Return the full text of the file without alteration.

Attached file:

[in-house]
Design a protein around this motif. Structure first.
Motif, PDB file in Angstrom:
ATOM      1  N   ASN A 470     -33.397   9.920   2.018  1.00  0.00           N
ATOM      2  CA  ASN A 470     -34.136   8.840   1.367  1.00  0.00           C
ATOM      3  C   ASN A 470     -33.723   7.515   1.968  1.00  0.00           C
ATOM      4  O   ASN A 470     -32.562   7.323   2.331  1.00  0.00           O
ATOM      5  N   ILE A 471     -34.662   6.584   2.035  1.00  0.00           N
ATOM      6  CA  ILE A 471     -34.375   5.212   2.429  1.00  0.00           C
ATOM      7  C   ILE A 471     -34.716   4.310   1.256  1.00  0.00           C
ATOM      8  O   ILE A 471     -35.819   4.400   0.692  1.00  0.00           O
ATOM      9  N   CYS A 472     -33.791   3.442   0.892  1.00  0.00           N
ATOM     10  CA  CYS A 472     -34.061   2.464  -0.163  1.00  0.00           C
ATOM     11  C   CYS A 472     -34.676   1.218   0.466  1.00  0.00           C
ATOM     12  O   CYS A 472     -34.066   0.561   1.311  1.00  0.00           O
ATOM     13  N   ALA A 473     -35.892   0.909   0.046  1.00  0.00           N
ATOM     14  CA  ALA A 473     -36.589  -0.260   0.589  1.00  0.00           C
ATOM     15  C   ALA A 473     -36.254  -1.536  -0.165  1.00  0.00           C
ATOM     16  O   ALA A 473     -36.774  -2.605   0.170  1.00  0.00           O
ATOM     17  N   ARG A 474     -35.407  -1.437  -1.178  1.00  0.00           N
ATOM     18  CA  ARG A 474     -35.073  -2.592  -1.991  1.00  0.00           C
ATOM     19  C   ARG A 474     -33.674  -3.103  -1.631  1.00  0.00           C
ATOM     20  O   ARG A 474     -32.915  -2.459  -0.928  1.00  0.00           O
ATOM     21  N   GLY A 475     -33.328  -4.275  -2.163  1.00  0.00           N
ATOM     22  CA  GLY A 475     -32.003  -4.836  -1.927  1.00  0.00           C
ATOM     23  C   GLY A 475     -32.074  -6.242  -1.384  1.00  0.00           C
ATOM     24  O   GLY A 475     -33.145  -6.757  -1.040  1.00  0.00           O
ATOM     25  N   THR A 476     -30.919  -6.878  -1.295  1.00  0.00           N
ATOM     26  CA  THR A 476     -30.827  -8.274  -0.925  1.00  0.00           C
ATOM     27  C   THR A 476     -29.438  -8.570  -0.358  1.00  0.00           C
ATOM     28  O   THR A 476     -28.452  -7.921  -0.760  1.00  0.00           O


[in-house]
Design a protein around this motif. Structure first.
Motif, PDB file in Angstrom:
ATOM      1  N   ASN A 470     -33.397   9.920   2.018  1.00  0.00           N
ATOM      2  CA  ASN A 470     -34.136   8.840   1.367  1.00  0.00           C
ATOM      3  C   ASN A 470     -33.723   7.515   1.968  1.00  0.00           C
ATOM      4  O   ASN A 470     -32.562   7.323   2.331  1.00  0.00           O
ATOM      5  N   ILE A 471     -34.662   6.584   2.035  1.00  0.00           N
ATOM      6  CA  ILE A 471     -34.375   5.212   2.429  1.00  0.00           C
ATOM      7  C   ILE A 471     -34.716   4.310   1.256  1.00  0.00           C
ATOM      8  O   ILE A 471     -35.819   4.400   0.692  1.00  0.00           O
ATOM      9  N   CYS A 472     -33.791   3.442   0.892  1.00  0.00           N
ATOM     10  CA  CYS A 472     -34.061   2.464  -0.163  1.00  0.00           C
ATOM     11  C   CYS A 472     -34.676   1.218   0.466  1.00  0.00           C
ATOM     12  O   CYS A 472     -34.066   0.561   1.311  1.00  0.00           O
ATOM     13  N   ALA A 473     -35.892   0.909   0.046  1.00  0.00           N
ATOM     14  CA  ALA A 473     -36.589  -0.260   0.589  1.00  0.00           C
ATOM     15  C   ALA A 473     -36.254  -1.536  -0.165  1.00  0.00           C
ATOM     16  O   ALA A 473     -36.774  -2.605   0.170  1.00  0.00           O
ATOM     17  N   ARG A 474     -35.407  -1.437  -1.178  1.00  0.00           N
ATOM     18  CA  ARG A 474     -35.073  -2.592  -1.991  1.00  0.00           C
ATOM     19  C   ARG A 474     -33.674  -3.103  -1.631  1.00  0.00           C
ATOM     20  O   ARG A 474     -32.915  -2.459  -0.928  1.00  0.00           O
ATOM     21  N   GLY A 475     -33.328  -4.275  -2.163  1.00  0.00           N
ATOM     22  CA  GLY A 475     -32.003  -4.836  -1.927  1.00  0.00           C
ATOM     23  C   GLY A 475     -32.074  -6.242  -1.384  1.00  0.00           C
ATOM     24  O   GLY A 475     -33.145  -6.757  -1.040  1.00  0.00           O
ATOM     25  N   THR A 476     -30.919  -6.878  -1.295  1.00  0.00           N
ATOM     26  CA  THR A 476     -30.827  -8.274  -0.925  1.00  0.00           C
ATOM     27  C   THR A 476     -29.438  -8.570  -0.358  1.00  0.00           C
ATOM     28  O   THR A 476     -28.452  -7.921  -0.760  1.00  0.00           O